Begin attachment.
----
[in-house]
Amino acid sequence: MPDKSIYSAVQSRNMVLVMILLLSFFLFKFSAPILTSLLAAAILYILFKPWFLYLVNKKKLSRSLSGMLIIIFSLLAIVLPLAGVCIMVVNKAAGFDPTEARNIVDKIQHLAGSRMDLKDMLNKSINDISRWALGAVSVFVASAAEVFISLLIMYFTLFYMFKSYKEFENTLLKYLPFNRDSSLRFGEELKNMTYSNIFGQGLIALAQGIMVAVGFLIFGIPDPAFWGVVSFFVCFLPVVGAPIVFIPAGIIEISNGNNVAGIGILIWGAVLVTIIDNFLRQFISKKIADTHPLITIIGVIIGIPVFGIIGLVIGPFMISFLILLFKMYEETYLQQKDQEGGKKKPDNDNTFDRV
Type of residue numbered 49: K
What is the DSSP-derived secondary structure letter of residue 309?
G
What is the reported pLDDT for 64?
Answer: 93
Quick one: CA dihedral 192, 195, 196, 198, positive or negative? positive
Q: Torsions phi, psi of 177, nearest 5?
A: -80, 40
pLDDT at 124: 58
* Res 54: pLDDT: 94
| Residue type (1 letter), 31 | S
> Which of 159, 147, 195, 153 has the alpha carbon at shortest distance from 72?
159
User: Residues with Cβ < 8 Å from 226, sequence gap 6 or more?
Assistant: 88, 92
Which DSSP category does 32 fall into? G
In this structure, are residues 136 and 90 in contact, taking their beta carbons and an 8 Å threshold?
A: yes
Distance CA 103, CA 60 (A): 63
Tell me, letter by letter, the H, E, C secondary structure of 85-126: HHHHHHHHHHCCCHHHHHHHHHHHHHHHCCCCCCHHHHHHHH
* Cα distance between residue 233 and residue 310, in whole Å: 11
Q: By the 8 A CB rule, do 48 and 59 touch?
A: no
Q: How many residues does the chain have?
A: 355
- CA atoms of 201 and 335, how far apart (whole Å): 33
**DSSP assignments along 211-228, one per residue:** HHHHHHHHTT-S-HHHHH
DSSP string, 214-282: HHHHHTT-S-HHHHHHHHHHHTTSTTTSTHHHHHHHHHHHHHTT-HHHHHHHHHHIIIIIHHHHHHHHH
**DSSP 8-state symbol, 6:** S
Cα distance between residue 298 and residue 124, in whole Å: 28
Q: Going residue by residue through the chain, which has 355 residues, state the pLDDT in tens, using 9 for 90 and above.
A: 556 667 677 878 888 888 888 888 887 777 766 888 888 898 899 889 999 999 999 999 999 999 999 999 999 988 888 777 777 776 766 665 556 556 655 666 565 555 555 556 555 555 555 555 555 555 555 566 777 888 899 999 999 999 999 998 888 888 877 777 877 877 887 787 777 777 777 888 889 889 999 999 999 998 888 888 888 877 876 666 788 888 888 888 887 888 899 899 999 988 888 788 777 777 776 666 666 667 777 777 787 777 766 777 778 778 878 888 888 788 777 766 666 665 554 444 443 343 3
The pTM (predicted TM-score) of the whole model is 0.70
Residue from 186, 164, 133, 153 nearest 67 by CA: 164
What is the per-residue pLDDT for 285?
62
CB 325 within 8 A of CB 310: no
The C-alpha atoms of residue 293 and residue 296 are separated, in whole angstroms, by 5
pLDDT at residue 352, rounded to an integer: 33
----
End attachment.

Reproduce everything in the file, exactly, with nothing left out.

[in-house]
Amino acid sequence: MPDKSIYSAVQSRNMVLVMILLLSFFLFKFSAPILTSLLAAAILYILFKPWFLYLVNKKKLSRSLSGMLIIIFSLLAIVLPLAGVCIMVVNKAAGFDPTEARNIVDKIQHLAGSRMDLKDMLNKSINDISRWALGAVSVFVASAAEVFISLLIMYFTLFYMFKSYKEFENTLLKYLPFNRDSSLRFGEELKNMTYSNIFGQGLIALAQGIMVAVGFLIFGIPDPAFWGVVSFFVCFLPVVGAPIVFIPAGIIEISNGNNVAGIGILIWGAVLVTIIDNFLRQFISKKIADTHPLITIIGVIIGIPVFGIIGLVIGPFMISFLILLFKMYEETYLQQKDQEGGKKKPDNDNTFDRV
Type of residue numbered 49: K
What is the DSSP-derived secondary structure letter of residue 309?
G
What is the reported pLDDT for 64?
Answer: 93
Quick one: CA dihedral 192, 195, 196, 198, positive or negative? positive
Q: Torsions phi, psi of 177, nearest 5?
A: -80, 40
pLDDT at 124: 58
* Res 54: pLDDT: 94
| Residue type (1 letter), 31 | S
> Which of 159, 147, 195, 153 has the alpha carbon at shortest distance from 72?
159
User: Residues with Cβ < 8 Å from 226, sequence gap 6 or more?
Assistant: 88, 92
Which DSSP category does 32 fall into? G
In this structure, are residues 136 and 90 in contact, taking their beta carbons and an 8 Å threshold?
A: yes
Distance CA 103, CA 60 (A): 63
Tell me, letter by letter, the H, E, C secondary structure of 85-126: HHHHHHHHHHCCCHHHHHHHHHHHHHHHCCCCCCHHHHHHHH
* Cα distance between residue 233 and residue 310, in whole Å: 11
Q: By the 8 A CB rule, do 48 and 59 touch?
A: no
Q: How many residues does the chain have?
A: 355
- CA atoms of 201 and 335, how far apart (whole Å): 33
**DSSP assignments along 211-228, one per residue:** HHHHHHHHTT-S-HHHHH
DSSP string, 214-282: HHHHHTT-S-HHHHHHHHHHHTTSTTTSTHHHHHHHHHHHHHTT-HHHHHHHHHHIIIIIHHHHHHHHH
**DSSP 8-state symbol, 6:** S
Cα distance between residue 298 and residue 124, in whole Å: 28
Q: Going residue by residue through the chain, which has 355 residues, state the pLDDT in tens, using 9 for 90 and above.
A: 556 667 677 878 888 888 888 888 887 777 766 888 888 898 899 889 999 999 999 999 999 999 999 999 999 988 888 777 777 776 766 665 556 556 655 666 565 555 555 556 555 555 555 555 555 555 555 566 777 888 899 999 999 999 999 998 888 888 877 777 877 877 887 787 777 777 777 888 889 889 999 999 999 998 888 888 888 877 876 666 788 888 888 888 887 888 899 899 999 988 888 788 777 777 776 666 666 667 777 777 787 777 766 777 778 778 878 888 888 788 777 766 666 665 554 444 443 343 3
The pTM (predicted TM-score) of the whole model is 0.70
Residue from 186, 164, 133, 153 nearest 67 by CA: 164
What is the per-residue pLDDT for 285?
62
CB 325 within 8 A of CB 310: no
The C-alpha atoms of residue 293 and residue 296 are separated, in whole angstroms, by 5
pLDDT at residue 352, rounded to an integer: 33